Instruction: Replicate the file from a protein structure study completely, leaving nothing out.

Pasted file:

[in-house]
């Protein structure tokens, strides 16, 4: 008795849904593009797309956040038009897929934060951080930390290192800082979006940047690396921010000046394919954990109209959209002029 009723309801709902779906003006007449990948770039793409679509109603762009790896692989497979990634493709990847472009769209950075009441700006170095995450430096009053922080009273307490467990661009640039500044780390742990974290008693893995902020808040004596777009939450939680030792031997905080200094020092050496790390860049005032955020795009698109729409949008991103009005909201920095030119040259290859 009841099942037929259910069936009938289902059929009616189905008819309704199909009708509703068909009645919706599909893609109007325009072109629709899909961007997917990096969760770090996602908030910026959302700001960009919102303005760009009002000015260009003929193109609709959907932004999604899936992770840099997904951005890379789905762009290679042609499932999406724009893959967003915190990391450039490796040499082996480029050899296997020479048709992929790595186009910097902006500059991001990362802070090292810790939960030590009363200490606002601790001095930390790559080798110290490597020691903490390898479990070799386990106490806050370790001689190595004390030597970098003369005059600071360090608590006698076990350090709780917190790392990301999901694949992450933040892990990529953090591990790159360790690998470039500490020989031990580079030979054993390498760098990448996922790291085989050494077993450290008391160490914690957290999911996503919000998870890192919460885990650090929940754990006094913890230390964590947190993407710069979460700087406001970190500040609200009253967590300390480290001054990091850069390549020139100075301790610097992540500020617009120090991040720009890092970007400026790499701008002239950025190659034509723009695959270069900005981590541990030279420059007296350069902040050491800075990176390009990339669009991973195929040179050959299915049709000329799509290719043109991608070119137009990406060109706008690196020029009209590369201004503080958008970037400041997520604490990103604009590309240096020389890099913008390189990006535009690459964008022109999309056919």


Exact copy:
[in-house]
């Protein structure tokens, strides 16, 4: 008795849904593009797309956040038009897929934060951080930390290192800082979006940047690396921010000046394919954990109209959209002029 009723309801709902779906003006007449990948770039793409679509109603762009790896692989497979990634493709990847472009769209950075009441700006170095995450430096009053922080009273307490467990661009640039500044780390742990974290008693893995902020808040004596777009939450939680030792031997905080200094020092050496790390860049005032955020795009698109729409949008991103009005909201920095030119040259290859 009841099942037929259910069936009938289902059929009616189905008819309704199909009708509703068909009645919706599909893609109007325009072109629709899909961007997917990096969760770090996602908030910026959302700001960009919102303005760009009002000015260009003929193109609709959907932004999604899936992770840099997904951005890379789905762009290679042609499932999406724009893959967003915190990391450039490796040499082996480029050899296997020479048709992929790595186009910097902006500059991001990362802070090292810790939960030590009363200490606002601790001095930390790559080798110290490597020691903490390898479990070799386990106490806050370790001689190595004390030597970098003369005059600071360090608590006698076990350090709780917190790392990301999901694949992450933040892990990529953090591990790159360790690998470039500490020989031990580079030979054993390498760098990448996922790291085989050494077993450290008391160490914690957290999911996503919000998870890192919460885990650090929940754990006094913890230390964590947190993407710069979460700087406001970190500040609200009253967590300390480290001054990091850069390549020139100075301790610097992540500020617009120090991040720009890092970007400026790499701008002239950025190659034509723009695959270069900005981590541990030279420059007296350069902040050491800075990176390009990339669009991973195929040179050959299915049709000329799509290719043109991608070119137009990406060109706008690196020029009209590369201004503080958008970037400041997520604490990103604009590309240096020389890099913008390189990006535009690459964008022109999309056919």